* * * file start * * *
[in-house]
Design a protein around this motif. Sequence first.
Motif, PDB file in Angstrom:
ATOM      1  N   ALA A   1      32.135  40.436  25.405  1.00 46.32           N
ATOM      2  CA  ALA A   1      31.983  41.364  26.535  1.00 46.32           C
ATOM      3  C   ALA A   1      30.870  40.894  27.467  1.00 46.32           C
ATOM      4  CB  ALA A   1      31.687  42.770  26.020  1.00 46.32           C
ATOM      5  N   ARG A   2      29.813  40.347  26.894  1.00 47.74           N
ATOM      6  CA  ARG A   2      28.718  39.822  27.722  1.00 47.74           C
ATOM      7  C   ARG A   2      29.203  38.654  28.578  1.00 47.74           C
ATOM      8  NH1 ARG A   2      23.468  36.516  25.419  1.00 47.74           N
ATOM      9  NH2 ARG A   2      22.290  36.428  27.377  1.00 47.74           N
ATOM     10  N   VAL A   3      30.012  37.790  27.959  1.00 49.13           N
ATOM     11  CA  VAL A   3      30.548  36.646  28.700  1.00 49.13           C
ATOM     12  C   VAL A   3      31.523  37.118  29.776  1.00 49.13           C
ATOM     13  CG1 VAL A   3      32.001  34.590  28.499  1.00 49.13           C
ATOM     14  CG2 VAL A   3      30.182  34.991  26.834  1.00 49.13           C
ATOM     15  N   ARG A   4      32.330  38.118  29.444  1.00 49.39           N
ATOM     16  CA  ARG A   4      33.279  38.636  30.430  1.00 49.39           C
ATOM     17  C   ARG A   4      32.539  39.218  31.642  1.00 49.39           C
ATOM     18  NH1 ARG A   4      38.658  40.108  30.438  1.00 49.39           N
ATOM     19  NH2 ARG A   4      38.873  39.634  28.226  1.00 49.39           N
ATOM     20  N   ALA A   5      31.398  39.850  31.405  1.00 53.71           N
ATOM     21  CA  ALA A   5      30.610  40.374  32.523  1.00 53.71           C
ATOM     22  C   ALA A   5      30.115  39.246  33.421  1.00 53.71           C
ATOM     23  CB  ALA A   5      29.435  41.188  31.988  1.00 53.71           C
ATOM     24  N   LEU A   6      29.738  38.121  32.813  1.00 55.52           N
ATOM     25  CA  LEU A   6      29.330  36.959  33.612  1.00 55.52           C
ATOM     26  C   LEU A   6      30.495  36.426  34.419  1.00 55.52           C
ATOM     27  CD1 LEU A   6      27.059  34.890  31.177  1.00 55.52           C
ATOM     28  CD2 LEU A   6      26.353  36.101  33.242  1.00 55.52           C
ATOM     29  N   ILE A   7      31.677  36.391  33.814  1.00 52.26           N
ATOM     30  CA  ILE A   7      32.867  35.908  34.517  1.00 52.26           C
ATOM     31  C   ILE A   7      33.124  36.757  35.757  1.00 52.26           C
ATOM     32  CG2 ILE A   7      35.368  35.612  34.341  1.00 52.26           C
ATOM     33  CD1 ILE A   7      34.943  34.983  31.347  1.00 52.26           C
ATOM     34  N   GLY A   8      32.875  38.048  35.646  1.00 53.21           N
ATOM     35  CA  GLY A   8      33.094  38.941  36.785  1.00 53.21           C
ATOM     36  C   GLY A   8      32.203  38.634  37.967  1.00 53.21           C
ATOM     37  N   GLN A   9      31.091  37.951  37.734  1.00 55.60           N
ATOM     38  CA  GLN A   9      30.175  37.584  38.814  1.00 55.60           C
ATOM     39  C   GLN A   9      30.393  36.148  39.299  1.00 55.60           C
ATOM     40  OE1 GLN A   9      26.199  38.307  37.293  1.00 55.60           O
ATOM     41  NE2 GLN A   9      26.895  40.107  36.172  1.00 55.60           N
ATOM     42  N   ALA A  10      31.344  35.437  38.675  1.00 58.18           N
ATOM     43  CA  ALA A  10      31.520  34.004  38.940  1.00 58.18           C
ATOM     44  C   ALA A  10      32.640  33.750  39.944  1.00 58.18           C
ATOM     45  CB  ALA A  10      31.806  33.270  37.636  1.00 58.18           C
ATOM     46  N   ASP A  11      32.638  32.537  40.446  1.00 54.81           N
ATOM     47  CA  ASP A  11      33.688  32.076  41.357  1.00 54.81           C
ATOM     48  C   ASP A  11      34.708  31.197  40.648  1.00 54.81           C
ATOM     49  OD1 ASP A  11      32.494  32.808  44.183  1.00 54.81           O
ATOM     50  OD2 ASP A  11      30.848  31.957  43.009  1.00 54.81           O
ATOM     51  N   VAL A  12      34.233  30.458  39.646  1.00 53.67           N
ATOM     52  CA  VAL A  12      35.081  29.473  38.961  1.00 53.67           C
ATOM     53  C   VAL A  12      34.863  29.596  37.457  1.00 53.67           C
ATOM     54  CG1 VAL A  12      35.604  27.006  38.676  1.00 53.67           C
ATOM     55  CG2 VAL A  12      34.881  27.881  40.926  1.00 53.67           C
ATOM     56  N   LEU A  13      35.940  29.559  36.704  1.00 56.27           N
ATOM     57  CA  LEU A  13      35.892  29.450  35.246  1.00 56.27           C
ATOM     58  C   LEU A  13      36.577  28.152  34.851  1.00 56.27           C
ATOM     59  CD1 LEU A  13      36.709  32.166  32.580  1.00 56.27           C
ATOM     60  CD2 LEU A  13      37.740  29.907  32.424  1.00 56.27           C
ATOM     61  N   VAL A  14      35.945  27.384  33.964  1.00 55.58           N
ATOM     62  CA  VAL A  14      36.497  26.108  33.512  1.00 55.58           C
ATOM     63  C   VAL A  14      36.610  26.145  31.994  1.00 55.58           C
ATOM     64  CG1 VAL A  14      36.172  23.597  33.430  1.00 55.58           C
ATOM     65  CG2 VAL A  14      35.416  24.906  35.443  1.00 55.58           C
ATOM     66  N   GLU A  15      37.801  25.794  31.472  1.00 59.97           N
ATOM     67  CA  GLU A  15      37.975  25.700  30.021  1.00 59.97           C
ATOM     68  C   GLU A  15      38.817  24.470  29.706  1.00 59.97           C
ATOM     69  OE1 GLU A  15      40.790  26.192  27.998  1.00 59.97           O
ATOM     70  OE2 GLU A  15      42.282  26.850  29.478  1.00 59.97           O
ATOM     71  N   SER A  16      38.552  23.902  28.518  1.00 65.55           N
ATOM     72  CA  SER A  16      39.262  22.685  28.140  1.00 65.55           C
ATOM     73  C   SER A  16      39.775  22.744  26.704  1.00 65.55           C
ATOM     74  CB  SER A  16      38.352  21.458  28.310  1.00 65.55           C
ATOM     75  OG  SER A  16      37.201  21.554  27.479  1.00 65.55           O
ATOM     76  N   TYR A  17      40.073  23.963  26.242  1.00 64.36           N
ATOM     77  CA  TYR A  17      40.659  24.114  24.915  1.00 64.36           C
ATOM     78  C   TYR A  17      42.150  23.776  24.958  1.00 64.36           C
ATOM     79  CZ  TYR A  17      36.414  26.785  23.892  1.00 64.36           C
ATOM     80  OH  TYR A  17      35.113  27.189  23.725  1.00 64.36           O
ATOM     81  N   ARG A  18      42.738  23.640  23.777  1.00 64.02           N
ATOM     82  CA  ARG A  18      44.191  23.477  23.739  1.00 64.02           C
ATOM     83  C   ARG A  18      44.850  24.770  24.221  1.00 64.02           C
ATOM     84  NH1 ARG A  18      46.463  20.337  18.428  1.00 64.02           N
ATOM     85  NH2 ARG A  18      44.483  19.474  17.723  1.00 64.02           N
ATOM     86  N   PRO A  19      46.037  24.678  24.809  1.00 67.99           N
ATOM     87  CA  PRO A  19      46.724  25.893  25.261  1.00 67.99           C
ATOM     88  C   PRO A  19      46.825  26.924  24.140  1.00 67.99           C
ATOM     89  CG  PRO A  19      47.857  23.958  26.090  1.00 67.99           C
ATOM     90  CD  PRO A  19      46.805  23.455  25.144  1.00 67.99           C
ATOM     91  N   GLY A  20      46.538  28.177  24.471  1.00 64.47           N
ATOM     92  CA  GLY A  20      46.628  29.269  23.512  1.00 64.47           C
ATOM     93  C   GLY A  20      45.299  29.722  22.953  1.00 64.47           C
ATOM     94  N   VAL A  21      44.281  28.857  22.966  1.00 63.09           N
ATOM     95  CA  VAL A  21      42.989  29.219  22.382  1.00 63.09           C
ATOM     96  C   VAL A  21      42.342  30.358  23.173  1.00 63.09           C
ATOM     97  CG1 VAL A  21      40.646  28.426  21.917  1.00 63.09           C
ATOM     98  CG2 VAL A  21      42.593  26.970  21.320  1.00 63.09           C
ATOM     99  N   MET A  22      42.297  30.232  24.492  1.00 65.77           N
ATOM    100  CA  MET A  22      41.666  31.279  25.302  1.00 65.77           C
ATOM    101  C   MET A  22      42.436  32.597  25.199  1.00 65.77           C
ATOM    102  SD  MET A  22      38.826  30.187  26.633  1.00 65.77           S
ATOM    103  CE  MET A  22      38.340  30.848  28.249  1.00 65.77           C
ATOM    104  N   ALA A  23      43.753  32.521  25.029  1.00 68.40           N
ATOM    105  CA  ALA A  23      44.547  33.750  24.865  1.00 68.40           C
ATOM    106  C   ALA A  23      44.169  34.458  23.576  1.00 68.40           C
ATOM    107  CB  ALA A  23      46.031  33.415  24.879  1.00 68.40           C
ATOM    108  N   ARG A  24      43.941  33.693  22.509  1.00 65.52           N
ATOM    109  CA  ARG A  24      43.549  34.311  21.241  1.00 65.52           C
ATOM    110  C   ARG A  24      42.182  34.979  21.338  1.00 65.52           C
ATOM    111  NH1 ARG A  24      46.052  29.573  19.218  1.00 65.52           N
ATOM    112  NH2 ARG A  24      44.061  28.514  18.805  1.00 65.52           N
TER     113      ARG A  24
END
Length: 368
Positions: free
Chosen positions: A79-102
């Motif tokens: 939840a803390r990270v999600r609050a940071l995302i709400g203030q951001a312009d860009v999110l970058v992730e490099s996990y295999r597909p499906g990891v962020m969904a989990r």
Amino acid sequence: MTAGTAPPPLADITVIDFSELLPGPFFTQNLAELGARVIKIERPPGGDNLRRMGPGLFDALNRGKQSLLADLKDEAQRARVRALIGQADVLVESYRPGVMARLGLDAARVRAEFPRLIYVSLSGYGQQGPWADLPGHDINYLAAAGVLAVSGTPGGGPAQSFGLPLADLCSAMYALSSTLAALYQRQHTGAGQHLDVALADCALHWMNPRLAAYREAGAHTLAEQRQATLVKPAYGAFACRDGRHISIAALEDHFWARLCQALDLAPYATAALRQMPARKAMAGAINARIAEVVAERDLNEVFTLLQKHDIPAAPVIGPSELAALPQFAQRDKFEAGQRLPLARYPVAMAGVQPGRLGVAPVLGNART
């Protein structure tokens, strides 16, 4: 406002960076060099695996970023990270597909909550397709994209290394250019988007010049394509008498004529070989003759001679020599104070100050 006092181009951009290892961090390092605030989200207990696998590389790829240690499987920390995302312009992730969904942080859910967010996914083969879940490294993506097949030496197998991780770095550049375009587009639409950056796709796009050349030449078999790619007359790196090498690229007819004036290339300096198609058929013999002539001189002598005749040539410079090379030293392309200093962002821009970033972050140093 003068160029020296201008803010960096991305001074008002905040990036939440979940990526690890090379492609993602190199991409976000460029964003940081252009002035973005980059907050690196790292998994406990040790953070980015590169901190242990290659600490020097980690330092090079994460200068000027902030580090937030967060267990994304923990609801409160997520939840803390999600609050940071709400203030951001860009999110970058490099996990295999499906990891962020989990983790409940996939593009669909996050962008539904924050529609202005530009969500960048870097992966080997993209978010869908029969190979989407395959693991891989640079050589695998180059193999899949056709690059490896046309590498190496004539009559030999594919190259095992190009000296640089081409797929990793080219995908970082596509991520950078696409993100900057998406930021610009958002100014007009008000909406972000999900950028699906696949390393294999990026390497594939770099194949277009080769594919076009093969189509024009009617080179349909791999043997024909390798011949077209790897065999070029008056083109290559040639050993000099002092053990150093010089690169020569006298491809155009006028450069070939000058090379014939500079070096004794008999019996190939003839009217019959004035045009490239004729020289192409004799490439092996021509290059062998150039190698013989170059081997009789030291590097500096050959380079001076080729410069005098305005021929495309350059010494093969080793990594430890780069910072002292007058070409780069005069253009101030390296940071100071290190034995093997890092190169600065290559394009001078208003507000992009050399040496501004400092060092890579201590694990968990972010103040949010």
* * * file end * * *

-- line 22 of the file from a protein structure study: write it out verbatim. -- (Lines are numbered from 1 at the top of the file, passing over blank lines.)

ATOM     19  NH2 ARG A   4      38.873  39.634  28.226  1.00 49.39           N